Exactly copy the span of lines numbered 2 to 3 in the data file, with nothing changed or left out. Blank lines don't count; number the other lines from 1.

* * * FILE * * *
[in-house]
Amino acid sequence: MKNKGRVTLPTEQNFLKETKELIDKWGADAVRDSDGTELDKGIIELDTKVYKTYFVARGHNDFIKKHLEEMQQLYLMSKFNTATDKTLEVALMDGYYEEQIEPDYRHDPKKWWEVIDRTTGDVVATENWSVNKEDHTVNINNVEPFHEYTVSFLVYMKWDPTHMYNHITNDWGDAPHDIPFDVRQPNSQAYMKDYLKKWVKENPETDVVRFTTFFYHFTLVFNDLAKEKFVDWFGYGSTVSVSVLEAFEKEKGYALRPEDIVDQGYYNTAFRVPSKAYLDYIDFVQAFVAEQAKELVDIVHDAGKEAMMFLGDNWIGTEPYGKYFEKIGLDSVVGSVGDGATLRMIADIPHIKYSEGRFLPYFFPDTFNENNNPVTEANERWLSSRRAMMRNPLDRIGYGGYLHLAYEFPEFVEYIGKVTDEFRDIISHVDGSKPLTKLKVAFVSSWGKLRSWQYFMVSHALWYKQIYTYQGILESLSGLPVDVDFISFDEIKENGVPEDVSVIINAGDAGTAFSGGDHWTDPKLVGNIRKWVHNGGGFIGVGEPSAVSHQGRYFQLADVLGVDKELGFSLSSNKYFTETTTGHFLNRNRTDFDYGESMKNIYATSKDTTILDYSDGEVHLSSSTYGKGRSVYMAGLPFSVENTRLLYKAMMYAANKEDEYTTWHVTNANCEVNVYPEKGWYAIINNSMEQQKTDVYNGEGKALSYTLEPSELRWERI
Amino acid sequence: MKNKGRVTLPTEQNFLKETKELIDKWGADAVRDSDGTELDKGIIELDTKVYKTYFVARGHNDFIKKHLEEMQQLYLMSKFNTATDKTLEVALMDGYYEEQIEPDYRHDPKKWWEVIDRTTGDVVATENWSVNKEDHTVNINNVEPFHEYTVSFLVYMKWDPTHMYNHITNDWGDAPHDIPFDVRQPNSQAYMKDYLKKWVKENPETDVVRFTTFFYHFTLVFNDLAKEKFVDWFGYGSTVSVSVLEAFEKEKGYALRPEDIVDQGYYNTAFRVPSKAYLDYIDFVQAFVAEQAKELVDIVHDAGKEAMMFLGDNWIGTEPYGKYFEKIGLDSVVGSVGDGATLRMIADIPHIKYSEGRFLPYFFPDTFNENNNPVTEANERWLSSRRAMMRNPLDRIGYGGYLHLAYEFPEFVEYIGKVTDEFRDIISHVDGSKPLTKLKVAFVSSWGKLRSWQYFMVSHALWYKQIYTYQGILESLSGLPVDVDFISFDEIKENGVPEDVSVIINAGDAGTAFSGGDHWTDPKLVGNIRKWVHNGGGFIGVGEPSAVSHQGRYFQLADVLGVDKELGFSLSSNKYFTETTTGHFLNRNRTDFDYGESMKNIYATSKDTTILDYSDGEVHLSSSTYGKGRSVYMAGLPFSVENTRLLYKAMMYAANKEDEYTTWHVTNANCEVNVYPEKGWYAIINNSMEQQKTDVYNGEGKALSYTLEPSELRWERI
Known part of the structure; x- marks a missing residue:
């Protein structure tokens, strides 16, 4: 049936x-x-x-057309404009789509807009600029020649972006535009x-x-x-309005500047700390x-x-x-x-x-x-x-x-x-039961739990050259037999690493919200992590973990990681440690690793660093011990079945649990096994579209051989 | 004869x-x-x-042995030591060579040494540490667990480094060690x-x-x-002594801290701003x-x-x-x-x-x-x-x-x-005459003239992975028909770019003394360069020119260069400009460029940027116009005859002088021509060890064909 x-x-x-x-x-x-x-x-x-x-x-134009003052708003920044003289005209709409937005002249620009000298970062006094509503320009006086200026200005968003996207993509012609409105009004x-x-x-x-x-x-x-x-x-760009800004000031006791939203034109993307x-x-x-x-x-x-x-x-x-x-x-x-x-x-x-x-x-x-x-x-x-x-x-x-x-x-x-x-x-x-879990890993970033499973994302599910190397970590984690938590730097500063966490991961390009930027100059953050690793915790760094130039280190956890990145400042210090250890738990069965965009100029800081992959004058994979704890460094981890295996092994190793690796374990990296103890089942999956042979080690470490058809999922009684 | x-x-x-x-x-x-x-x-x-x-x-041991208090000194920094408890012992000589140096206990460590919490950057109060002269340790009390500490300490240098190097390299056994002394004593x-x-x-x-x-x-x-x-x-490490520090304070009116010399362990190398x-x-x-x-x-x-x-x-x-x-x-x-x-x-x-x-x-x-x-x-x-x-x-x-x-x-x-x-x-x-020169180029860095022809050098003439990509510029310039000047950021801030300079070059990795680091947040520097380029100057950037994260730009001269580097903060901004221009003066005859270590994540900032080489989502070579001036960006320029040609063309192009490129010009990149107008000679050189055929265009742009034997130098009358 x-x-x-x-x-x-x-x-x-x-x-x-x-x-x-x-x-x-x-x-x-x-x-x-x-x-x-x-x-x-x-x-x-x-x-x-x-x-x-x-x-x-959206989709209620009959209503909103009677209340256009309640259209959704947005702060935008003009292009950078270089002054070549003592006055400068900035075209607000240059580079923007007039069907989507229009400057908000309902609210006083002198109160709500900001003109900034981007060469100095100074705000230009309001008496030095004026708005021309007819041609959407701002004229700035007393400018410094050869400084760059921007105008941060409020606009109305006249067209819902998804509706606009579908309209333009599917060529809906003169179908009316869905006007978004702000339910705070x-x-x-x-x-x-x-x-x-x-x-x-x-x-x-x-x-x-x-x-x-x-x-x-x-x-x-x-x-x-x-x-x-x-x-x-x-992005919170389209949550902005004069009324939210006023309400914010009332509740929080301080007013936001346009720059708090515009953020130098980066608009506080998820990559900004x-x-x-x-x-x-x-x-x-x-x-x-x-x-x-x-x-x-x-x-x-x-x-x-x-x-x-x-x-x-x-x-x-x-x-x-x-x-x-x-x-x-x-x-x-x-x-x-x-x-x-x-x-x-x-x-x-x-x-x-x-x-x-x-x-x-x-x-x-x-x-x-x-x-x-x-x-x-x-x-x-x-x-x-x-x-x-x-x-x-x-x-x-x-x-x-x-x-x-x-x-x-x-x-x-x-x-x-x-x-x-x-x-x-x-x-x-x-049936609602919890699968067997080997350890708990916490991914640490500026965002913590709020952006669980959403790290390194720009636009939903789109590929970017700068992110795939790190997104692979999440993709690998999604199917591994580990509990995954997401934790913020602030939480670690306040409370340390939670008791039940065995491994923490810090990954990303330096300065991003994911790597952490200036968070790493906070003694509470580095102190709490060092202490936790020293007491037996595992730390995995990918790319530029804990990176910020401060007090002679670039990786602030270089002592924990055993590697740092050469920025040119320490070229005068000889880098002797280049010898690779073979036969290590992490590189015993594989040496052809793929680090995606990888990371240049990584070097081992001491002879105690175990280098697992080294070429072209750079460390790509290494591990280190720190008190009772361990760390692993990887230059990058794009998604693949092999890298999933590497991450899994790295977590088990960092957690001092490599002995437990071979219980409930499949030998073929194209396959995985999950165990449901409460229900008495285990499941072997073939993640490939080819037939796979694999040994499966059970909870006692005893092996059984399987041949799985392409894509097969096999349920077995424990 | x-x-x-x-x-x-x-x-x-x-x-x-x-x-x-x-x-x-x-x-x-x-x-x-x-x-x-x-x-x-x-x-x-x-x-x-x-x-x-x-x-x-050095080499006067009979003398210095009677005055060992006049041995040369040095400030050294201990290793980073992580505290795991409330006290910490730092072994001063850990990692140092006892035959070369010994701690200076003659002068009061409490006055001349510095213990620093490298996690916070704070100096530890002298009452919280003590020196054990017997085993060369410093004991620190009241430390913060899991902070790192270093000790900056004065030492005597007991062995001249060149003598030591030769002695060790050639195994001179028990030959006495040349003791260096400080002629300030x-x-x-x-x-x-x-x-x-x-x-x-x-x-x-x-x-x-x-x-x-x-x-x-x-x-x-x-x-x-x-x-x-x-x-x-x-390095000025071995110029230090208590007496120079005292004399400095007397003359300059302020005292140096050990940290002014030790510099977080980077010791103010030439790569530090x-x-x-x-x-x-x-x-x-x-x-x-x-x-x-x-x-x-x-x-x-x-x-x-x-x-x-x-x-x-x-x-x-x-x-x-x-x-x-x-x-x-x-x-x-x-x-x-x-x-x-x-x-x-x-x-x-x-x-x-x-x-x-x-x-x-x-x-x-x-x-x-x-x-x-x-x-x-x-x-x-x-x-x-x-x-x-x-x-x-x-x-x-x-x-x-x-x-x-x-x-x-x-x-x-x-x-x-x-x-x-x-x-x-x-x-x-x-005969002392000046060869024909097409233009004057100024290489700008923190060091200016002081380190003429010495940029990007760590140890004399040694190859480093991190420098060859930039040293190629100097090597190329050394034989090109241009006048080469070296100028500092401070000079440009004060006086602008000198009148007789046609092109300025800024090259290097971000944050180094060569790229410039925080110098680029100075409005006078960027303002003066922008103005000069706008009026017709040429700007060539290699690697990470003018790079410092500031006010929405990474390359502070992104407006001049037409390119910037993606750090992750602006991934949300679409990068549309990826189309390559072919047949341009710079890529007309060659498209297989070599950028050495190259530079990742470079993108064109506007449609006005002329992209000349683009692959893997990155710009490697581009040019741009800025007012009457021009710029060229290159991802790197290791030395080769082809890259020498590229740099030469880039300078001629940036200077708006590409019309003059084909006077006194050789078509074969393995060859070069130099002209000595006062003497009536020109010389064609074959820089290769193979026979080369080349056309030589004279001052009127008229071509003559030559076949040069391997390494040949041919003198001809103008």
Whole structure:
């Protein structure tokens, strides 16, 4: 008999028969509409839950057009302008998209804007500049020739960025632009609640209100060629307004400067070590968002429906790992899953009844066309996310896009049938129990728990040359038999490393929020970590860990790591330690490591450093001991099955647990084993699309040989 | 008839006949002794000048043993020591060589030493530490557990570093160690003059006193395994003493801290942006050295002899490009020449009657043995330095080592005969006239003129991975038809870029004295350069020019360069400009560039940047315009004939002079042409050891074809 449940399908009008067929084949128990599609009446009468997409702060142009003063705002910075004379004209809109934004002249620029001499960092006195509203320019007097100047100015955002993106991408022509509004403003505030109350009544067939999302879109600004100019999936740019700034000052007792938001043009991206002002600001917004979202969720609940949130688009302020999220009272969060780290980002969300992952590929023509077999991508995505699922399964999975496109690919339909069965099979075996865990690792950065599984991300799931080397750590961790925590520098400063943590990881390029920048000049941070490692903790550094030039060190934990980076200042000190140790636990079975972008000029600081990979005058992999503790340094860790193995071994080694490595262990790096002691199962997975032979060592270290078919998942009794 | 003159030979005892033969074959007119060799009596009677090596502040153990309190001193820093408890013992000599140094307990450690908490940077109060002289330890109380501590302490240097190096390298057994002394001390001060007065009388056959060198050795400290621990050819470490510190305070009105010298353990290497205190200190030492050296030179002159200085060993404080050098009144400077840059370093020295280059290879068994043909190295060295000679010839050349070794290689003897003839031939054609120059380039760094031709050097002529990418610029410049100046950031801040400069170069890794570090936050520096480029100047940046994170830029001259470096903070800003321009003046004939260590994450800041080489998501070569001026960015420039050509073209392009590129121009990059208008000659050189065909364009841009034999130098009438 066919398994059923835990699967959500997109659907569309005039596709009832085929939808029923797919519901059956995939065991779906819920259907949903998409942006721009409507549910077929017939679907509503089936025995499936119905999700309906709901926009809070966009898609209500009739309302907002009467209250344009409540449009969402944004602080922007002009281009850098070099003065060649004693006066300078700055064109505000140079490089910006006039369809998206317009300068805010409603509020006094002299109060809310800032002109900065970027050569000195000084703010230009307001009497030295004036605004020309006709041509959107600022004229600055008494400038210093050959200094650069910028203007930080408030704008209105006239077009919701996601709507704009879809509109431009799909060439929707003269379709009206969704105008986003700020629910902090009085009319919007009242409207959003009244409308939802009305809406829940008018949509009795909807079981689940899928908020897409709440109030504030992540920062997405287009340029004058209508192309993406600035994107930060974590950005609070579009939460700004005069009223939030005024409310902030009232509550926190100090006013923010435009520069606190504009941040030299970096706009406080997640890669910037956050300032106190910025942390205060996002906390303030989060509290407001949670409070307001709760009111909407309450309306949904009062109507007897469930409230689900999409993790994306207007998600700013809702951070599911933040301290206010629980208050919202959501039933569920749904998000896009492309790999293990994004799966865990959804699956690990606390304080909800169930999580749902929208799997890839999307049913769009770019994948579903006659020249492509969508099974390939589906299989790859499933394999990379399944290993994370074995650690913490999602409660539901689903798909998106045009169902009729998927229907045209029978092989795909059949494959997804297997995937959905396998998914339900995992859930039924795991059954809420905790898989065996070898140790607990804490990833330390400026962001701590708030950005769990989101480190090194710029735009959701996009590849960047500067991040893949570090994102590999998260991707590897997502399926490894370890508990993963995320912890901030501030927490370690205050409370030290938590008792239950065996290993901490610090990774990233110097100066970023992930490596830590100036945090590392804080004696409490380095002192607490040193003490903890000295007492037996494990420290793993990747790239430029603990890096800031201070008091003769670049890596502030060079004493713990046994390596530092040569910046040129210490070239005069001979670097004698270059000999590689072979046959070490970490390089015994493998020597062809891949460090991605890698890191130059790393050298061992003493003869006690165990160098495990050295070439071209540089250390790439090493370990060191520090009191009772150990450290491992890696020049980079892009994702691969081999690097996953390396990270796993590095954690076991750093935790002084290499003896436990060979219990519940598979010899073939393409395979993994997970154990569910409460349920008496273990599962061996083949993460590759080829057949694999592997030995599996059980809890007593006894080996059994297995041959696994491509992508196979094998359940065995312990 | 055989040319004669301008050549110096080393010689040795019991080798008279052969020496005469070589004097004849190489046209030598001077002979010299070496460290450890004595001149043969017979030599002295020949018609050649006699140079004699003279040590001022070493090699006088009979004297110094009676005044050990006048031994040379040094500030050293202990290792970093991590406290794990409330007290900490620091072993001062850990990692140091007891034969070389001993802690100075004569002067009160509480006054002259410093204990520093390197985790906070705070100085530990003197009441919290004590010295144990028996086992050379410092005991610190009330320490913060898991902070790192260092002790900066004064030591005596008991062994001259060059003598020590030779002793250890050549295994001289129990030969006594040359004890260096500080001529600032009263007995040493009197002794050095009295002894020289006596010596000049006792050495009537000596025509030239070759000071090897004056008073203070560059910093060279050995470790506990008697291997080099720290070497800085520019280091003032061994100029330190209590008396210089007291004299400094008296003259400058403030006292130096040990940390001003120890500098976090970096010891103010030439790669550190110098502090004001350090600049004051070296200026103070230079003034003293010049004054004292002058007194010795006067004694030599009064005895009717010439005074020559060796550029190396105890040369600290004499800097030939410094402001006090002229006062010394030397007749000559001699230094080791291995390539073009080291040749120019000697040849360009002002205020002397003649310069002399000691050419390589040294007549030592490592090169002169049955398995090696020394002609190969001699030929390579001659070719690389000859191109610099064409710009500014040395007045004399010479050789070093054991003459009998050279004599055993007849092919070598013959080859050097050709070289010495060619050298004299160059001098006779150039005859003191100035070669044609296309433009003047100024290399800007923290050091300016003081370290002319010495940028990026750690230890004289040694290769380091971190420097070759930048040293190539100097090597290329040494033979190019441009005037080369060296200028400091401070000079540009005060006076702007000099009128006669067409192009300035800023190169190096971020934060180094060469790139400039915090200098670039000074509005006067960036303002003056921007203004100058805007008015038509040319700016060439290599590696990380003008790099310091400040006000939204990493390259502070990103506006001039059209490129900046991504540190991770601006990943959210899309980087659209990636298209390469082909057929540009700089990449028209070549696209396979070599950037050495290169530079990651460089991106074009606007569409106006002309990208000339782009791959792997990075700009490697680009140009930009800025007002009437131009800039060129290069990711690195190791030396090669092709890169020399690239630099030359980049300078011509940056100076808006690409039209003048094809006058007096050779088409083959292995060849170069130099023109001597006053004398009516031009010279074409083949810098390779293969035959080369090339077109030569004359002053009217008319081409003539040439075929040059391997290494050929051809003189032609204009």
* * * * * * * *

Amino acid sequence: MKNKGRVTLPTEQNFLKETKELIDKWGADAVRDSDGTELDKGIIELDTKVYKTYFVARGHNDFIKKHLEEMQQLYLMSKFNTATDKTLEVALMDGYYEEQIEPDYRHDPKKWWEVIDRTTGDVVATENWSVNKEDHTVNINNVEPFHEYTVSFLVYMKWDPTHMYNHITNDWGDAPHDIPFDVRQPNSQAYMKDYLKKWVKENPETDVVRFTTFFYHFTLVFNDLAKEKFVDWFGYGSTVSVSVLEAFEKEKGYALRPEDIVDQGYYNTAFRVPSKAYLDYIDFVQAFVAEQAKELVDIVHDAGKEAMMFLGDNWIGTEPYGKYFEKIGLDSVVGSVGDGATLRMIADIPHIKYSEGRFLPYFFPDTFNENNNPVTEANERWLSSRRAMMRNPLDRIGYGGYLHLAYEFPEFVEYIGKVTDEFRDIISHVDGSKPLTKLKVAFVSSWGKLRSWQYFMVSHALWYKQIYTYQGILESLSGLPVDVDFISFDEIKENGVPEDVSVIINAGDAGTAFSGGDHWTDPKLVGNIRKWVHNGGGFIGVGEPSAVSHQGRYFQLADVLGVDKELGFSLSSNKYFTETTTGHFLNRNRTDFDYGESMKNIYATSKDTTILDYSDGEVHLSSSTYGKGRSVYMAGLPFSVENTRLLYKAMMYAANKEDEYTTWHVTNANCEVNVYPEKGWYAIINNSMEQQKTDVYNGEGKALSYTLEPSELRWERI
Amino acid sequence: MKNKGRVTLPTEQNFLKETKELIDKWGADAVRDSDGTELDKGIIELDTKVYKTYFVARGHNDFIKKHLEEMQQLYLMSKFNTATDKTLEVALMDGYYEEQIEPDYRHDPKKWWEVIDRTTGDVVATENWSVNKEDHTVNINNVEPFHEYTVSFLVYMKWDPTHMYNHITNDWGDAPHDIPFDVRQPNSQAYMKDYLKKWVKENPETDVVRFTTFFYHFTLVFNDLAKEKFVDWFGYGSTVSVSVLEAFEKEKGYALRPEDIVDQGYYNTAFRVPSKAYLDYIDFVQAFVAEQAKELVDIVHDAGKEAMMFLGDNWIGTEPYGKYFEKIGLDSVVGSVGDGATLRMIADIPHIKYSEGRFLPYFFPDTFNENNNPVTEANERWLSSRRAMMRNPLDRIGYGGYLHLAYEFPEFVEYIGKVTDEFRDIISHVDGSKPLTKLKVAFVSSWGKLRSWQYFMVSHALWYKQIYTYQGILESLSGLPVDVDFISFDEIKENGVPEDVSVIINAGDAGTAFSGGDHWTDPKLVGNIRKWVHNGGGFIGVGEPSAVSHQGRYFQLADVLGVDKELGFSLSSNKYFTETTTGHFLNRNRTDFDYGESMKNIYATSKDTTILDYSDGEVHLSSSTYGKGRSVYMAGLPFSVENTRLLYKAMMYAANKEDEYTTWHVTNANCEVNVYPEKGWYAIINNSMEQQKTDVYNGEGKALSYTLEPSELRWERI